Percy Bysshe Shelley by Amelia Curran, oil on canvas, 1819. National Portrait Gallery

Percy Bysshe Shelley by Amelia Curran, oil on canvas, 1819. National Portrait Gallery


Lord Byron by Richard Westall, oil on canvas, 1813. National Portrait Gallery

Lord Byron by Richard Westall, oil on canvas, 1813. National Portrait Gallery

Although Mary struggled to settle on a theme, she found inspiration in a conversation between Byron and Shelley concerning the reanimation of a corpse. In her preface to the third edition of Frankenstein or the modern Prometheus, she described how her gothic tale of rejection and revenge was informed by a ‘waking dream’ that she experienced later that night, when the ‘bright and shining moon’ hanging over Lake Geneva shone through the shutters into the bedroom she shared with Shelley. This preface also mentions the ‘incessant rain’ that beat against the windows of the Villa Diodati, keeping them all indoors. Percussive rain accompanied the creation of Frankenstein and found its way into her story; ‘rain pattered dismally against the panes’ as the eponymous scientist gave life to his monster.

Mary punctuated her narrative with the thunderstorms that raged above. In one instance, Victor Frankenstein describes a storm that ‘advanced from behind the mountains of Jura’:

The thunder burst at once with frightful loudness from various quarters of the heavens. I remained, while the storm lasted, watching its progress with curiosity and delight. As I stood at the door, on a sudden I beheld a stream of fire issue from an old and beautiful oak, which stood about twenty yards from our house; and so soon as the dazzling light vanished, the oak had disappeared, and nothing remained but a blasted stump. When we visited it the next morning, we found the tree shattered in a singular manner. It was not splintered by the shock, but entirely reduced to thin ribbands of wood. I never beheld anything so utterly destroyed.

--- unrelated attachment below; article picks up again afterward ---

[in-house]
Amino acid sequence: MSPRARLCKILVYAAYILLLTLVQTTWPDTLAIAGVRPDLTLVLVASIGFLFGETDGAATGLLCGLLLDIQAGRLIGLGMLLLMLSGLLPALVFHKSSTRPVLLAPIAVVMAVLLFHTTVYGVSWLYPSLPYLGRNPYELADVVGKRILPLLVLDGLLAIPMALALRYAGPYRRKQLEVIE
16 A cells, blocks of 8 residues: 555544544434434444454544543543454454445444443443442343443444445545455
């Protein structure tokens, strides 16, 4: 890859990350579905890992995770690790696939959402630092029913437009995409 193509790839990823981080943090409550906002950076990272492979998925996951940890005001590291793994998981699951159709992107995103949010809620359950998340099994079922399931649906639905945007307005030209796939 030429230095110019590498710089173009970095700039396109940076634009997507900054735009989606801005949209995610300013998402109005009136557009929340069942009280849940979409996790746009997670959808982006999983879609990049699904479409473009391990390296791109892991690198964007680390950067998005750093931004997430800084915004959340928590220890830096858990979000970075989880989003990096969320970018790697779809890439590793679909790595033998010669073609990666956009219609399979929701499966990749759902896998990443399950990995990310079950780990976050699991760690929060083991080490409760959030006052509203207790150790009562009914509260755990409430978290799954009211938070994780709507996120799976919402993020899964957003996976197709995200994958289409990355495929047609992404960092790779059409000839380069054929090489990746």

Later, he is described watching a terrifying storm from the same lakeside spot where Mary herself stood. His words echo almost exactly the entry Mary made in her journal on June 1, 1816:

…the darkness and storm increased every minute, and the thunder burst with a terrific crash over my head. It was echoed from Saleve, the Juras, and the Alps of Savoy; vivid flashes of lightning dazzled my eyes, illuminating the lake, making it appear like a vast sheet of fire; then for an instant everything seemed of a pitchy darkness, until the eye recovered itself from the preceding flash. The storm, as is often the case in Switzerland, appeared at once in various parts of the heavens.

Weather is inescapable in the works of the Romantics, and never before had they experienced the conditions that characterized the ‘year without summer’. Yet, had a benign Swiss summer encouraged Byron and the Shelleys to abandon their fireside tales and embark on Alpine walks instead, we might not have Frankenstein, or at a stretch, Dracula. Had clement weather permitted Jane Austen to leave her cottage in Chawton, her wonderful Persuasion might have a different, less satisfying ending. The incessant downpour that prevented J.M.W. Turner from entering Weathercote Cave swelled the Ure, the Washburn and the Wharfe, and filled the high glacial Malham Tarn, providing him with dramatic subjects at every turn. At Malham Cove, Turner painted the arc of a rainbow. He sketched children as they gazed down on the raging torrent at Cotter Force and he captured the torrential descent of the Aysgarth waterfalls. He even hired a guide to take him underground so that he could sketch Dow Cave by candlelight, keeping one ear to the roar of the swollen river. The old adage reminds us that every cloud has a silver lining. Certainly, there was no shortage of clouds during the bleak summer of 1816 and the dramatic weather that prevailed permeates some of our best loved art and literature.